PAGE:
Ideally though, you should strive to design games that use competition to improve collaborative skills:
- In basketball players, the desire to win forces players to collaborate better to play as a team
- In charades, in order to win, partners have to learn to collaborate better to understand each person’s non-verbal communication patterns
- In the videogame Rockband, competition spurs on better collaboration in order to get a higher score.
So, when you are designing or evaluating a multiplayer learning game, make sure you take some time to reflect on the balance and interdependency of the competitive and collaborative elements in the game. These elements could very well be the key to the game’s ability to engage AND educate its players.
Transform education? Yes we must!
— Sir Ken Robinson in a Huffington Post article
Today, there are several reasons why the timing is right for educational transformation to take place. The main reasons include:
- The Academic Achievement Gaps – Not only is there the gap between the “haves” and “have nots” in this country, but there is also the global achievement gap between U.S. students and their international peers.
- The Economic Downturn – Business innovation often occurs during times of economic hardship. So, it stands to reason that educational innovation should also occur in today’s era of drastic budget cuts in education.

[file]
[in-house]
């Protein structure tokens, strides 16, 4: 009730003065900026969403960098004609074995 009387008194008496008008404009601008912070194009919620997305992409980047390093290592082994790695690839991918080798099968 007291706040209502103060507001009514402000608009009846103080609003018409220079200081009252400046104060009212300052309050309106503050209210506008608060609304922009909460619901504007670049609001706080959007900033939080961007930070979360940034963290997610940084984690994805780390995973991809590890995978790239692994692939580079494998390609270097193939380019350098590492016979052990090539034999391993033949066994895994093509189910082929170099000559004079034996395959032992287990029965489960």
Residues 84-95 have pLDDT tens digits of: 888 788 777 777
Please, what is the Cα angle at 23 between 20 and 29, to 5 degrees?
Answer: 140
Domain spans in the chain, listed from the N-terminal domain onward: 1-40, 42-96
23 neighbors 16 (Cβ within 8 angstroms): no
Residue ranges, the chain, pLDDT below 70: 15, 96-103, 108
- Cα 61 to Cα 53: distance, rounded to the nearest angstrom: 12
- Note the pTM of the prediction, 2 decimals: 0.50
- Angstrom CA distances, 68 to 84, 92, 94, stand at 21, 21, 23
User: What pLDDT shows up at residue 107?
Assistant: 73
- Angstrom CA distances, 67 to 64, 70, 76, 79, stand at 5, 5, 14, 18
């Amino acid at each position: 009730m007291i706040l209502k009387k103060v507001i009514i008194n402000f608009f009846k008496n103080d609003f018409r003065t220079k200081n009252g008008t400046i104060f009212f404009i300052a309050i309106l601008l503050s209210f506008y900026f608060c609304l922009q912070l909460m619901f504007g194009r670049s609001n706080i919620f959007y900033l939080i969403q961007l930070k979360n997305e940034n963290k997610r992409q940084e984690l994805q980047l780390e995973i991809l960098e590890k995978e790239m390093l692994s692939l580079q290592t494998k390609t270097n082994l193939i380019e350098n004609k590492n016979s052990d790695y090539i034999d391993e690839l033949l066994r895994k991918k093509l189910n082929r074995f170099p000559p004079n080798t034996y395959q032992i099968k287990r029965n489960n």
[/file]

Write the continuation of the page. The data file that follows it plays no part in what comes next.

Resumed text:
- The Internet – Nearly every industry today is being transformed by the Internet. Businesses, nonprofits, and government agencies are all changing to adapt to an Internet-connected world. Traditionally, education has been slower to adapt to new innovation, but we’re now starting to see the Internet’s impact on education, especially with the rapid growth of online education.
We need new educational innovations from large institutions all the way down to individual educators to help us revive of our stagnating educational system. As an individual educator, I am embarking on a new venture in order to help transform education. My plan is to create:
A game-based learning (GBL) virtual academy for college-age students
WHY GAME-BASED LEARNING?
The Horizon Report 2011 has selected GBL as one of six “emerging technologies” that will impact learning in the next five years. GBL activities have many educational benefits over traditional learning methods, including:
- Better motivation for students because of the engaging and “OK to fail” GBL environments
- Better assessment, including more frequent formative feedback, which is important for the multitasking “videogame generation”
- Games can provide a situated learning environment in which students can learn through authentic experiences